If you're separating from your partner, one of the questions you might ask is, "who will get what, could it be as high or as low as a 70/30 divorce settlement?"
Divorce settlement division is a confusing topic and causes fights among divorcing partners.
In this blog post, we unpacked everything you need to know about divorce settlements and how the Australian Family Court divides them.
Who Gets What?
Contrary to popular belief, the distribution of assets between divorced couples is not 50/50. Many people falsely assume that when couples file for a divorce, they are entitled to half of each other's properties.
However, this is only sometimes the case. The Family Court always aims to make the fairest decision possible when separating divorce settlements.
In some cases, a 70/30 divorce settlement might seem appropriate. But how does the court decide who receives the 70% share and who's left with the remaining 30%?
How Does the Family Court Partition Properties in Australia?
As mentioned, s79 of the Family Law Act gives the power to the courts to determine how a divorce settlement must be portioned.
To fully understand how the court assesses the division of divorce settlement, we'll need to go over each step.
Assigning Value to Assets
In order to divide assets during a divorce, the court must first identify what those assets are.
Both you and your ex-spouse must disclose any joint and individual assets you own, including properties, bank accounts, investments, and other interests. It is also necessary to disclose any debts and liabilities.
The court will take all of this information into account to determine the value of the entire pool of marital assets.
From there, the court will decide on the appropriate percentage split of those assets between the parties.
Evaluating Contributions From Both Parties
In addition to considering the assets and debts of a couple during a divorce, the court will also take into account the financial and non-financial contributions made by each party during the relationship.
Financial contributions may include the income earned by each spouse and any assets acquired with that income.
Non-financial contributions may include things like caring for children or maintaining the household.
The court may consider these contributions when determining the division of assets in a divorce.
Identifying Future Needs
Once contributions are assessed, the court will have to determine each spouse's future needs. There are a lot of aspects the court will have to evaluate to establish this, such as care of children, permanent disability, employment opportunities, earning capacity, etc.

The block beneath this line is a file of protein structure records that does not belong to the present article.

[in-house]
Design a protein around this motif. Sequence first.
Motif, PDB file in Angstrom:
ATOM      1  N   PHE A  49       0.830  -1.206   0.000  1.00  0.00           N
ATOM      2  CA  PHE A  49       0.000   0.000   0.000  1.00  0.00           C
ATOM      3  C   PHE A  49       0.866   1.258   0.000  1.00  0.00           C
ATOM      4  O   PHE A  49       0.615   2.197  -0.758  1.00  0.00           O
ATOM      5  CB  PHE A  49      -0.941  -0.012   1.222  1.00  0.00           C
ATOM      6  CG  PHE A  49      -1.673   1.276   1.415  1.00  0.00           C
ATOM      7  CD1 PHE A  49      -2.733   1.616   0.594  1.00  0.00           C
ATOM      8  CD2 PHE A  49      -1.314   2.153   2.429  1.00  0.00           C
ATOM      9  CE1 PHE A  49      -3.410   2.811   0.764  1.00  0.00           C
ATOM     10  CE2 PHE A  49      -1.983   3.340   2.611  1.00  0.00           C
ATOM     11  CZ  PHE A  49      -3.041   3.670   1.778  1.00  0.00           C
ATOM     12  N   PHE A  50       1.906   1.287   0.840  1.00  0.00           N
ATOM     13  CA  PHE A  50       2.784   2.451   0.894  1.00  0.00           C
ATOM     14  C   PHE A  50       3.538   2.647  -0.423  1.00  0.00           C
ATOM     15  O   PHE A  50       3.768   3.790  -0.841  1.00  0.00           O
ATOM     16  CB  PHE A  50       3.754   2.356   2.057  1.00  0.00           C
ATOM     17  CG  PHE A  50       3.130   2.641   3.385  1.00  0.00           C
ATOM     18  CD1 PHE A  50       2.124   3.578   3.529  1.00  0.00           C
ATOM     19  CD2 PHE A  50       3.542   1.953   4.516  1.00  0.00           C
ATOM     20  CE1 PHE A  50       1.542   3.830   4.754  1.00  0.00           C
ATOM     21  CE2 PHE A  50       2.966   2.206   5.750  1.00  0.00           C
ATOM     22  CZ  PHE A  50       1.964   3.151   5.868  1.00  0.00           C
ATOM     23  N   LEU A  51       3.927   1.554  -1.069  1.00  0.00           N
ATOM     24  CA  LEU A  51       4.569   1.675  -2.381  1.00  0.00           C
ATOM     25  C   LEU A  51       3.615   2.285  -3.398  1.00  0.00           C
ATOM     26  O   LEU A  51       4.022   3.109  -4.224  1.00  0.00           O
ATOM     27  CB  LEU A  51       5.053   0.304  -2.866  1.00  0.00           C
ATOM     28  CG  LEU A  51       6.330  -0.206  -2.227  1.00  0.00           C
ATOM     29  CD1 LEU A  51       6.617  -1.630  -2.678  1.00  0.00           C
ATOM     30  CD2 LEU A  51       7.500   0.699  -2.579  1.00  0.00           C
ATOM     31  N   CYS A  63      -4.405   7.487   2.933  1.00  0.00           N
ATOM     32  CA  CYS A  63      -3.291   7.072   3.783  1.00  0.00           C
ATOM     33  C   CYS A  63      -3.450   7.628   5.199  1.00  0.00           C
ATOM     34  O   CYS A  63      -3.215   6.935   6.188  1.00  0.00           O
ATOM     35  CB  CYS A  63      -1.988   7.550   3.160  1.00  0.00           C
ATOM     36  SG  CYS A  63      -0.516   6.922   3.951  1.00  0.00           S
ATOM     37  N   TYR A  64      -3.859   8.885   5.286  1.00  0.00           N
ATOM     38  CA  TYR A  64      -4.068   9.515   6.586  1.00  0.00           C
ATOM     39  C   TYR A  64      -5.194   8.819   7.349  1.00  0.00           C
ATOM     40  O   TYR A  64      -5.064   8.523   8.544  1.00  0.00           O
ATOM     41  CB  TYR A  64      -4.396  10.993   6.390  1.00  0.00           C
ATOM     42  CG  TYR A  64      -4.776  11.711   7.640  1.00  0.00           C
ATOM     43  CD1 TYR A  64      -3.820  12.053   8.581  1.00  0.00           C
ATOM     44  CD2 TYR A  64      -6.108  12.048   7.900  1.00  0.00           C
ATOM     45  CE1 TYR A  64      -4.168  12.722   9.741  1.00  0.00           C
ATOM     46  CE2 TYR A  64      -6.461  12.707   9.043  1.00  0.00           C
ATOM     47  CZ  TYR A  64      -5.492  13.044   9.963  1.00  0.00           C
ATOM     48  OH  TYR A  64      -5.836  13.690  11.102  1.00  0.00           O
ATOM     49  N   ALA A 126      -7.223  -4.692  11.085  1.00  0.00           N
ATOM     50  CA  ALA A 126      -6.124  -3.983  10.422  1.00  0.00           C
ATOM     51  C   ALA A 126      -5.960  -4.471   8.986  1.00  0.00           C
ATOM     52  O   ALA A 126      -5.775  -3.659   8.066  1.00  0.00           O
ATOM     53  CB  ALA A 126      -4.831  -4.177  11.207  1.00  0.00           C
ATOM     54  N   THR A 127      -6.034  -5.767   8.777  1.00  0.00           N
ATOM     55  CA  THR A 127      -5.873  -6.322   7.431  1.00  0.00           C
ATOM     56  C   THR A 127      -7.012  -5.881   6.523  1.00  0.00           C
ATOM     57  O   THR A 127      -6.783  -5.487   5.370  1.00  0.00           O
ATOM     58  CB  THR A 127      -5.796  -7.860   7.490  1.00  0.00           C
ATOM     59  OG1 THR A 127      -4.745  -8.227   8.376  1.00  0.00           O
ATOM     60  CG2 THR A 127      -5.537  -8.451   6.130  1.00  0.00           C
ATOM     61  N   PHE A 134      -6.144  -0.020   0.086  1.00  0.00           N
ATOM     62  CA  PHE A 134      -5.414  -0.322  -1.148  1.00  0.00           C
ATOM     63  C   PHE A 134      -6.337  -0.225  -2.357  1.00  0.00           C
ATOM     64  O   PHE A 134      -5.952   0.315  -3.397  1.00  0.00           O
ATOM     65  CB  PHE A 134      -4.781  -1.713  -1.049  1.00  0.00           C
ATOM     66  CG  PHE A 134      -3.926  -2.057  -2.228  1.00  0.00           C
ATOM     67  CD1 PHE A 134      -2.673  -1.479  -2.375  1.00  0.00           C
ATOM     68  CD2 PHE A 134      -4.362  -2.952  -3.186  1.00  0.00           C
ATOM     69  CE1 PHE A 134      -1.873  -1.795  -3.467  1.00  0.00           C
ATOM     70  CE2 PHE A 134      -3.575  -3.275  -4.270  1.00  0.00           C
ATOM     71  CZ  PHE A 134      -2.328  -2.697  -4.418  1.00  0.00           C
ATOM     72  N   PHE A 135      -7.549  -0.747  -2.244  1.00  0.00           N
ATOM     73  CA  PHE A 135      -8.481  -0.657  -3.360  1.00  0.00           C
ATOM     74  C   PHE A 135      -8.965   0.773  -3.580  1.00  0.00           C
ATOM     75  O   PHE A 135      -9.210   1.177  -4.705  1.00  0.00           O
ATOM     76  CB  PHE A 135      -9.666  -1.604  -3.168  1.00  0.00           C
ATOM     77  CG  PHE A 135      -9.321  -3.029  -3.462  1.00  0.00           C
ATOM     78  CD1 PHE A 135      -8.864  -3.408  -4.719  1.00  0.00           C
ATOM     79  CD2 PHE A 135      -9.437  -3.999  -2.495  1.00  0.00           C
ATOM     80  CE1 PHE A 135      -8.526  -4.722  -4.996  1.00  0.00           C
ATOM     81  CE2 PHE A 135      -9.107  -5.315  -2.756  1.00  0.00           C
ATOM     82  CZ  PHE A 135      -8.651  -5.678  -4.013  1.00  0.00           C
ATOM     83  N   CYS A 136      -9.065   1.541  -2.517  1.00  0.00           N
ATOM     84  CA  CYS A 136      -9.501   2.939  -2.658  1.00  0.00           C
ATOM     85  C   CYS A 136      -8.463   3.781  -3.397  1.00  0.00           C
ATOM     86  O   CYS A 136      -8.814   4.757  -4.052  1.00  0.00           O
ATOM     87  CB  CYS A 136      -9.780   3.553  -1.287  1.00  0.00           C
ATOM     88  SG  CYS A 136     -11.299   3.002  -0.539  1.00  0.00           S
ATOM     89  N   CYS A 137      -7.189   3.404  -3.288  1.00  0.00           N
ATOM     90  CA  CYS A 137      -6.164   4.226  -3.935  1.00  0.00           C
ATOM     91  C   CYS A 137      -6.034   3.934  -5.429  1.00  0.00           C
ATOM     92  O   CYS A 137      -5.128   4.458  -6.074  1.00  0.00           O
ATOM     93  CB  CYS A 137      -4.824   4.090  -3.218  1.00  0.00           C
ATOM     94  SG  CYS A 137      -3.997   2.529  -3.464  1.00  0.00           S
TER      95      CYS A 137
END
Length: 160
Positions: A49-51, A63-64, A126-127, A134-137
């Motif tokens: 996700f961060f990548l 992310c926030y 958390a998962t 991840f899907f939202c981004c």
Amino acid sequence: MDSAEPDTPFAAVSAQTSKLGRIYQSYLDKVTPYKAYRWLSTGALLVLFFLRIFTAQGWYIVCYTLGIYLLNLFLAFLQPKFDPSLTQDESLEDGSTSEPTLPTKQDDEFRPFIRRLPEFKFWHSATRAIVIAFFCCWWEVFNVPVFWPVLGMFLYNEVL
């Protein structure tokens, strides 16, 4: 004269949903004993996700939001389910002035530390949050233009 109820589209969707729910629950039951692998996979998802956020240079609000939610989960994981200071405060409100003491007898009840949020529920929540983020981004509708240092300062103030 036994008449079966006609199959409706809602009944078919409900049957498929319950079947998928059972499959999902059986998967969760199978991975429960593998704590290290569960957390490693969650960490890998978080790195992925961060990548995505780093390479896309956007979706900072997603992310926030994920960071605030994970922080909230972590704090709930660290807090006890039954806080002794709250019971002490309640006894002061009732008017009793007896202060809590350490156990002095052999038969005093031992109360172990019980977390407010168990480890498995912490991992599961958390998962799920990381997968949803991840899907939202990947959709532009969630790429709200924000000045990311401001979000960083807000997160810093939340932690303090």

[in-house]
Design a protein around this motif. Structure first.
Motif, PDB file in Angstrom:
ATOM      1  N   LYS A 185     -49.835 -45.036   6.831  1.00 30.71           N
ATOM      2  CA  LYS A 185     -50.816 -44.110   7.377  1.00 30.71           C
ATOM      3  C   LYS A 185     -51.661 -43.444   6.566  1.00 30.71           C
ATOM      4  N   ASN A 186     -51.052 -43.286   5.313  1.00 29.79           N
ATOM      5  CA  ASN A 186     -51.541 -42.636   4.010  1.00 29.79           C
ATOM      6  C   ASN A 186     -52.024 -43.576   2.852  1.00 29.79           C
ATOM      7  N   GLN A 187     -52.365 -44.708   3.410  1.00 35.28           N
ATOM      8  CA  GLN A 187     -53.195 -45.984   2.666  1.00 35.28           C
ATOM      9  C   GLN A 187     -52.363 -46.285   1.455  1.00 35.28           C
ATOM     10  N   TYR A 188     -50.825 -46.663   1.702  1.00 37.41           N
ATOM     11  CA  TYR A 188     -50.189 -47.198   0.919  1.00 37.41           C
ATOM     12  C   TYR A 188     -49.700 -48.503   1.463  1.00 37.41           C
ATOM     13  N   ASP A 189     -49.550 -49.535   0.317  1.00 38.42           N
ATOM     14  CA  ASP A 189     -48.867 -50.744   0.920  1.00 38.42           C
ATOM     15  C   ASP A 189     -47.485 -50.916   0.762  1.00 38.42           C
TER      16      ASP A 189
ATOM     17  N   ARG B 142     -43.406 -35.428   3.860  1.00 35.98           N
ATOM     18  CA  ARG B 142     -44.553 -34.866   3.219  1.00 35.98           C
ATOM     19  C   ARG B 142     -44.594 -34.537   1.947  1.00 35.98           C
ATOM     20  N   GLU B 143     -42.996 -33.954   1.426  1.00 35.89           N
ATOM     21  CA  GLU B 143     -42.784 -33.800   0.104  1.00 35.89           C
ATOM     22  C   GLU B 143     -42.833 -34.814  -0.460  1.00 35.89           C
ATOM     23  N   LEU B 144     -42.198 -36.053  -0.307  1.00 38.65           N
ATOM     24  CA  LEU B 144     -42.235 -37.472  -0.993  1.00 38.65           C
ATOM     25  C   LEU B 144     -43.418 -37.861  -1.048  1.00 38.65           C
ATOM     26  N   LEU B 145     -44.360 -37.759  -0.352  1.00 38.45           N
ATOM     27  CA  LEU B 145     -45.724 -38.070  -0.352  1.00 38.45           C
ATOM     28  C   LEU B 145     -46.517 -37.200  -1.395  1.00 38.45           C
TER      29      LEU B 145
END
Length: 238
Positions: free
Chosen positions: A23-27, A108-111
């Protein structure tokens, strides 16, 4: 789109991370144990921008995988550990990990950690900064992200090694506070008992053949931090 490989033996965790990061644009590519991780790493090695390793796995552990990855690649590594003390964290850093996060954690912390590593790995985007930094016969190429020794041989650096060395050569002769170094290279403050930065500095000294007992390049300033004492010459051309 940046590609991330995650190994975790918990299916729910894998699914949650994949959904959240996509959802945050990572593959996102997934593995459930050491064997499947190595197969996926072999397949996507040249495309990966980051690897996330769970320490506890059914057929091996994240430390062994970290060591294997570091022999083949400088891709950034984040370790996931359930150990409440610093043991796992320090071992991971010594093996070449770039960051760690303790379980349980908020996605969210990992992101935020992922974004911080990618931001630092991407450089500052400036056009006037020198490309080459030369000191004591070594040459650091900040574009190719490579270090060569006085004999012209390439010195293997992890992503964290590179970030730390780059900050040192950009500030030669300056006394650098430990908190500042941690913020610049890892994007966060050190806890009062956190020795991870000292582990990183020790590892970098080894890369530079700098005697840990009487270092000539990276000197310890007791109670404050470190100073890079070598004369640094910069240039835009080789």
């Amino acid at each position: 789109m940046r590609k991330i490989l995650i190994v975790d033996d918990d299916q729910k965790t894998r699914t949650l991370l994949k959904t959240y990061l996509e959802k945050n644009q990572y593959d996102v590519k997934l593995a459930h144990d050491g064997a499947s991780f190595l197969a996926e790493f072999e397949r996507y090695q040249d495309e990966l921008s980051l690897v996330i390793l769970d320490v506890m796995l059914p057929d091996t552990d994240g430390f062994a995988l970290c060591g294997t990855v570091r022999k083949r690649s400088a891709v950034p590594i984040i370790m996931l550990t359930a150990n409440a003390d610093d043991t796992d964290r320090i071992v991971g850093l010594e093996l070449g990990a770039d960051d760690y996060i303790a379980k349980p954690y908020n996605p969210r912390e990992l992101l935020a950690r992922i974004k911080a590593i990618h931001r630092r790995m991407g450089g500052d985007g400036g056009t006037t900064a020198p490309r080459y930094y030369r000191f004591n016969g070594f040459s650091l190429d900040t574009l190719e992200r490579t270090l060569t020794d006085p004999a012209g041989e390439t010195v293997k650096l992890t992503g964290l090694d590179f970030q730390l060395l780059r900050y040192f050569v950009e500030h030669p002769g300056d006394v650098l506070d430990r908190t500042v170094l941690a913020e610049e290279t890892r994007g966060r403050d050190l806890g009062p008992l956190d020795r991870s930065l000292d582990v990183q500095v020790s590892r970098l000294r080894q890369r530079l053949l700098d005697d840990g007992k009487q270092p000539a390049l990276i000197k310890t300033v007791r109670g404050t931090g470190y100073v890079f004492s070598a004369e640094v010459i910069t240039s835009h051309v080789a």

If you have children with your ex-spouse, the court will also consider who will become your children's primary caregiver.
Is a 70/30 split just and equitable?
As the final step, the court will evaluate if their decision was equitable or fair between both parties.
The court may make necessary adjustments if they believe or were presented with viable evidence supporting that their decision was unfair.
How Common Is a 70/30 Divorce Settlement?
A 70/30 divorce settlement in Australia may come about in a number of ways.
Here are some examples of how a court may determine a 70/30 divorce settlement.
- First example: A court may determine that the contributions of the parties was 50/50, and that the wife should receive a 20% adjustment for her future needs, being that she has 3 children and has a much lower earning capacity than the husband. This will result in a 70/30 split.
- Second example: A court may determine that one party has contributed much more the relationship than the other. A husband came into a relationship with significantly more assets and a much stronger financial position than the wife. After a 5 year relationship, the court could determine that the contirbutions of the husband were at 75%, however the future needs of the wife warranted a 5% adjustment on behalf of the wife, resulting in an overall 70/30 divorce settlement.
How Can I Protect My Assets From Divorce?
Many people think they have no control over what they can retain during this process, but the truth is you can protect your assets to a certain degree. One legal tool you can utilize is a binding financial agreement, such as a prenuptial agreement.
If you are separating from your former spouse amicably, both of you can agree on what assets and debts you will divide among yourselves.
An experienced family and divorce lawyer can help you identify the best way to proceed with a 70/30 divorce settlement. They can also help open up various legal options you never thought of.
The content of this article is intended to provide a general guide to the subject matter. Specialist advice should be sought about your specific circumstances.